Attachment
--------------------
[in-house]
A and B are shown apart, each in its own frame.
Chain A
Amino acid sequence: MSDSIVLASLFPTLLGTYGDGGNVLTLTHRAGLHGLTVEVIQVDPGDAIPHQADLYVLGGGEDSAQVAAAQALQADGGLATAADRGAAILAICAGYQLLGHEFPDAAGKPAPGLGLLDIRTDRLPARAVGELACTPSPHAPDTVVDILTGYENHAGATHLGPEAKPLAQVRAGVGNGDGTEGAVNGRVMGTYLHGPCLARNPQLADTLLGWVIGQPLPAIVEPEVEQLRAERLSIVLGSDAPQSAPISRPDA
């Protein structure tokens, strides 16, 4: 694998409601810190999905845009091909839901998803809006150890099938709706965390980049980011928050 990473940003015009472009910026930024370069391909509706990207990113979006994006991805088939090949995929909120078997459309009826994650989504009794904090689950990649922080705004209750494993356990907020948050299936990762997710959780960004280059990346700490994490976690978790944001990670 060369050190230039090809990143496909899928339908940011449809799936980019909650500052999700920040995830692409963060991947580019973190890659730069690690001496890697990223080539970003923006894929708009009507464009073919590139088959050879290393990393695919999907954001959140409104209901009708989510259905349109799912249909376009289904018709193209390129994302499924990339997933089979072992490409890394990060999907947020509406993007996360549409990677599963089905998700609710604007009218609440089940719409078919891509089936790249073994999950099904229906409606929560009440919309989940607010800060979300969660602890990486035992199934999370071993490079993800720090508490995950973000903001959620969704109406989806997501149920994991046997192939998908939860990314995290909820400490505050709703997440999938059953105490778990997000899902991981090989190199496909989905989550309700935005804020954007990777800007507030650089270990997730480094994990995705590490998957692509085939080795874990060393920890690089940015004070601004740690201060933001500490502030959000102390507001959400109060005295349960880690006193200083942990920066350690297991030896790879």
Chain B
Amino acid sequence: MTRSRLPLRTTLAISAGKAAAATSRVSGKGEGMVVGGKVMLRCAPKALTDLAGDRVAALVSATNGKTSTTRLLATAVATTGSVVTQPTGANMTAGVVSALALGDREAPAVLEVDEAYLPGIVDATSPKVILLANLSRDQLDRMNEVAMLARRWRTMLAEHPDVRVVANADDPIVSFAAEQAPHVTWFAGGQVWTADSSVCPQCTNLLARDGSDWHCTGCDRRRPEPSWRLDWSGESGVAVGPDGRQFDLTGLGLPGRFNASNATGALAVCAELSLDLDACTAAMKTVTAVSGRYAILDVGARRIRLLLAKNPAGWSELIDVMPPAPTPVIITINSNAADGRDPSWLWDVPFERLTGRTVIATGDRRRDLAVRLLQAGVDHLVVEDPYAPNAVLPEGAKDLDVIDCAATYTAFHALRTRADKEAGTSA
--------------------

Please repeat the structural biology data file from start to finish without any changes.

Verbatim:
[in-house]
A and B are shown apart, each in its own frame.
Chain A
Amino acid sequence: MSDSIVLASLFPTLLGTYGDGGNVLTLTHRAGLHGLTVEVIQVDPGDAIPHQADLYVLGGGEDSAQVAAAQALQADGGLATAADRGAAILAICAGYQLLGHEFPDAAGKPAPGLGLLDIRTDRLPARAVGELACTPSPHAPDTVVDILTGYENHAGATHLGPEAKPLAQVRAGVGNGDGTEGAVNGRVMGTYLHGPCLARNPQLADTLLGWVIGQPLPAIVEPEVEQLRAERLSIVLGSDAPQSAPISRPDA
């Protein structure tokens, strides 16, 4: 694998409601810190999905845009091909839901998803809006150890099938709706965390980049980011928050 990473940003015009472009910026930024370069391909509706990207990113979006994006991805088939090949995929909120078997459309009826994650989504009794904090689950990649922080705004209750494993356990907020948050299936990762997710959780960004280059990346700490994490976690978790944001990670 060369050190230039090809990143496909899928339908940011449809799936980019909650500052999700920040995830692409963060991947580019973190890659730069690690001496890697990223080539970003923006894929708009009507464009073919590139088959050879290393990393695919999907954001959140409104209901009708989510259905349109799912249909376009289904018709193209390129994302499924990339997933089979072992490409890394990060999907947020509406993007996360549409990677599963089905998700609710604007009218609440089940719409078919891509089936790249073994999950099904229906409606929560009440919309989940607010800060979300969660602890990486035992199934999370071993490079993800720090508490995950973000903001959620969704109406989806997501149920994991046997192939998908939860990314995290909820400490505050709703997440999938059953105490778990997000899902991981090989190199496909989905989550309700935005804020954007990777800007507030650089270990997730480094994990995705590490998957692509085939080795874990060393920890690089940015004070601004740690201060933001500490502030959000102390507001959400109060005295349960880690006193200083942990920066350690297991030896790879």
Chain B
Amino acid sequence: MTRSRLPLRTTLAISAGKAAAATSRVSGKGEGMVVGGKVMLRCAPKALTDLAGDRVAALVSATNGKTSTTRLLATAVATTGSVVTQPTGANMTAGVVSALALGDREAPAVLEVDEAYLPGIVDATSPKVILLANLSRDQLDRMNEVAMLARRWRTMLAEHPDVRVVANADDPIVSFAAEQAPHVTWFAGGQVWTADSSVCPQCTNLLARDGSDWHCTGCDRRRPEPSWRLDWSGESGVAVGPDGRQFDLTGLGLPGRFNASNATGALAVCAELSLDLDACTAAMKTVTAVSGRYAILDVGARRIRLLLAKNPAGWSELIDVMPPAPTPVIITINSNAADGRDPSWLWDVPFERLTGRTVIATGDRRRDLAVRLLQAGVDHLVVEDPYAPNAVLPEGAKDLDVIDCAATYTAFHALRTRADKEAGTSA